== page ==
Although it may not be apparent at first glance, small geographical islands are, metaphorically speaking, prisoners of their neighboring landmasses. Though it may seem a bit exaggerated, conditions on the mainland are what mostly dictates the energy availability and prices for islanders. With most islands relying on costly and precarious means of importing energy like fuel shipments, the power systems of small islands long for some modern solutions that would improve their grids by making them healthier and stronger.
Recent years witnessed an ever-growing deployment of renewable energy generation technologies like solar panels that convert sunlight into electricity and wind farms that transform wind power into electric current. These solutions are thought to be key providers of clean energy with many hoping that they will be a major contributor to reducing the negative effects of climate change. Given that the introduction of these technologies was, at least in the very beginning, costly and required certain know-how to be integrated into legacy power systems, their spread was initially, perhaps counterintuitively, limited to more developed energy infrastructures like major cities. However, with the technology becoming more widespread, renewables are reaching more and more remote consumers by the day, with many expressing their interest in consuming self-produced green energy rather than relying on grid imports.
The term “net-zero energy buildings”, or NZEBs for short, has been circling around lately and the transition that it entails has received significant support from the EU and other governments worldwide. This concept envisions that each household or building should, in total, produce the same amount of energy as they consume. This does not necessarily mean that all the energy that is consumed comes from local solar panels for example, but rather that for each kilowatt-hour of energy that is consumed, the same amount is also produced either then or at a different time. By doing this, each user can provide a small, but crucial input in ensuring a greener power supply. However, the most desirable results, both in terms of cost-effectiveness and reducing carbon emissions, are achieved by going a step further, and if each household or community, instead of simply producing the same amount as it consumes, uses the exact energy that it creates. This is where things get a bit more complicated…
The use of renewable sources and other synergetic technologies such as batteries, despite a lot of positive aspects, also comes with a set of challenges, especially when trying to make the best use of them. Given that the main idea of renewables is to harness the energy that naturally exists in the environment, it is no surprise that their power output depends a lot on current meteorological conditions. Unfortunately, this basically means that these innovative energy sources can sometimes behave unpredictably and are therefore hard to be used in the right way. However, REACT is here to help! Using modern technologies like artificial intelligence that are designed to make the best use of computing resources, as well as a bit of clever planning, the REACT system will help the involved communities in making the best use of their renewable potential while working to reduce energy bills and pave the way for a more stable energy supply system. Just like we use the weather forecast to know what meteorological conditions can be expected tomorrow, we can use the solutions that REACT will offer to help determine how much energy can be anticipated to be generated, but also how much is estimated to be consumed.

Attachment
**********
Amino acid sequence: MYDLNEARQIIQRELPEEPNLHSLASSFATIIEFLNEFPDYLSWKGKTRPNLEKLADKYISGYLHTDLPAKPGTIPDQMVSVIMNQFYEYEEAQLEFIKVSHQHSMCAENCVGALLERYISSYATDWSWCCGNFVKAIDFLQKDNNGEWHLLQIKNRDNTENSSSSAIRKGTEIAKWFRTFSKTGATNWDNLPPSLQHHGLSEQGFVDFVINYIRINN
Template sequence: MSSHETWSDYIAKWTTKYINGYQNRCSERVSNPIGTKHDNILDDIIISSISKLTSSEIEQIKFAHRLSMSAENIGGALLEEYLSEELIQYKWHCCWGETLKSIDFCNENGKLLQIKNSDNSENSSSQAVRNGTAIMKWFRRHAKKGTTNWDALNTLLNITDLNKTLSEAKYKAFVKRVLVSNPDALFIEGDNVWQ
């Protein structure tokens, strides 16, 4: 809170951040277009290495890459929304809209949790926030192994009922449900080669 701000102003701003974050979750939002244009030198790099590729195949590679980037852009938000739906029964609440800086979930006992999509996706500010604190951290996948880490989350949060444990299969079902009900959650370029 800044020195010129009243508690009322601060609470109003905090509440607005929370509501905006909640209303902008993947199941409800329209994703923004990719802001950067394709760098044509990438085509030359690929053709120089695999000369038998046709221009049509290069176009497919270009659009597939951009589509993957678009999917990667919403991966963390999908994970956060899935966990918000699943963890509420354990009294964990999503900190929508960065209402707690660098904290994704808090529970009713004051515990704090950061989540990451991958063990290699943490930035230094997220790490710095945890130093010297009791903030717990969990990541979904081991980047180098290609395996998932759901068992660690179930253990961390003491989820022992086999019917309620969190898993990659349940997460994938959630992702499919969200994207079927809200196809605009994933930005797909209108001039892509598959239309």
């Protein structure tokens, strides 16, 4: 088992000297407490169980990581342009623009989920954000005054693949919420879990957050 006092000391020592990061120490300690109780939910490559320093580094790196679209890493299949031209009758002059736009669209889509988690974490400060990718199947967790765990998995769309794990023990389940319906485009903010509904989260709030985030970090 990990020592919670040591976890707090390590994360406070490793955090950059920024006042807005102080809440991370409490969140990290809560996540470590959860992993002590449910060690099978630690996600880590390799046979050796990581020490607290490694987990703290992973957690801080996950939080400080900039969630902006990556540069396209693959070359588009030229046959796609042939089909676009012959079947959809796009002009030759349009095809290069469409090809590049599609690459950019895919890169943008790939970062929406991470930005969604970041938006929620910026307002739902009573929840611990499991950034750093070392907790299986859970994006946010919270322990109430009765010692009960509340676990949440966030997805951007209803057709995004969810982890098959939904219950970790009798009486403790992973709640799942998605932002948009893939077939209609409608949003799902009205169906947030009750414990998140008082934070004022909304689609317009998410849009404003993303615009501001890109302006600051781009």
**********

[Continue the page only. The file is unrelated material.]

Ensuring a balance between the supply and demand is key in maintaining energy stability, especially for fragile power systems like ones found on small islands. Similar to following a good recipe from a cookbook, this is a sensitive process that requires some expertise in knowing how to follow well-known principles, but also having foresight into when a certain special ingredient should be added. This ingredient, at least in terms of energy management, is demand response, a concept that allows short-term changes to be made to the demand when the harmony of the system is thought to be in jeopardy. In order to make all this possible, REACT will consider all aspects of an energy-sustainable island community, its available green energy potentials, the corresponding power delivery system and its limitations, as well as the controllable devices at its disposal, all the while providing a balance between cost-effectiveness and energy supply stability by using demand response.
It can be argued that good management of joint community resources such as batteries, solar panels, as well as large consumers like boilers and air conditioning devices is the most significant part of the energy management recipe and, with the help of REACT, all these aspects will be considered and automatically controlled. However, individual islanders will also be able to help our cause by using their household appliances. Through following suggestions and general recommendations regarding ways in which they should respond with the goal of making a more significant impact towards energy sustainability which will be offered by REACT via the project website or social media, each willing participant in the project will provide benefits not only for themselves but for the community as a whole.
Written by: Marko Jelić, MSc EE & CS*
Institute Mihajlo Pupin, University of Belgrade
Volgina 15, Belgrade, Serbia